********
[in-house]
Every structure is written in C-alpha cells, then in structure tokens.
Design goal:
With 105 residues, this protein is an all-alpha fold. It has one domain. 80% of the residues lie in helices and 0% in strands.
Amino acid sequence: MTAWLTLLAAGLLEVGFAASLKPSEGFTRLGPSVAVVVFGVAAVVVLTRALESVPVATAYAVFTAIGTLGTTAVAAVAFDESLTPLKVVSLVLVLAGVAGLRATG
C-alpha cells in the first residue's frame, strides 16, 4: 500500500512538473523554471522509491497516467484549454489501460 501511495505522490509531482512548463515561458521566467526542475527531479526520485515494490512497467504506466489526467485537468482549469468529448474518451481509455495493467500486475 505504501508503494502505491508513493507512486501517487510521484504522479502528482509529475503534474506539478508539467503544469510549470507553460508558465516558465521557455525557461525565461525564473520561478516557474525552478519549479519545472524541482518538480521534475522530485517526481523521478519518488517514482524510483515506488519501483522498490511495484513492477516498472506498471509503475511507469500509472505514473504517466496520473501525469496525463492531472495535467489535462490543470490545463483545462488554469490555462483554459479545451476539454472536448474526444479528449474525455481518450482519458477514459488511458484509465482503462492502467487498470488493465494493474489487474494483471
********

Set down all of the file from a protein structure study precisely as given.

[in-house]
Every structure is written in C-alpha cells, then in structure tokens.
Design goal:
With 105 residues, this protein is an all-alpha fold. It has one domain. 80% of the residues lie in helices and 0% in strands.
Amino acid sequence: MTAWLTLLAAGLLEVGFAASLKPSEGFTRLGPSVAVVVFGVAAVVVLTRALESVPVATAYAVFTAIGTLGTTAVAAVAFDESLTPLKVVSLVLVLAGVAGLRATG
C-alpha cells in the first residue's frame, strides 16, 4: 500500500512538473523554471522509491497516467484549454489501460 501511495505522490509531482512548463515561458521566467526542475527531479526520485515494490512497467504506466489526467485537468482549469468529448474518451481509455495493467500486475 505504501508503494502505491508513493507512486501517487510521484504522479502528482509529475503534474506539478508539467503544469510549470507553460508558465516558465521557455525557461525565461525564473520561478516557474525552478519549479519545472524541482518538480521534475522530485517526481523521478519518488517514482524510483515506488519501483522498490511495484513492477516498472506498471509503475511507469500509472505514473504517466496520473501525469496525463492531472495535467489535462490543470490545463483545462488554469490555462483554459479545451476539454472536448474526444479528449474525455481518450482519458477514459488511458484509465482503462492502467487498470488493465494493474489487474494483471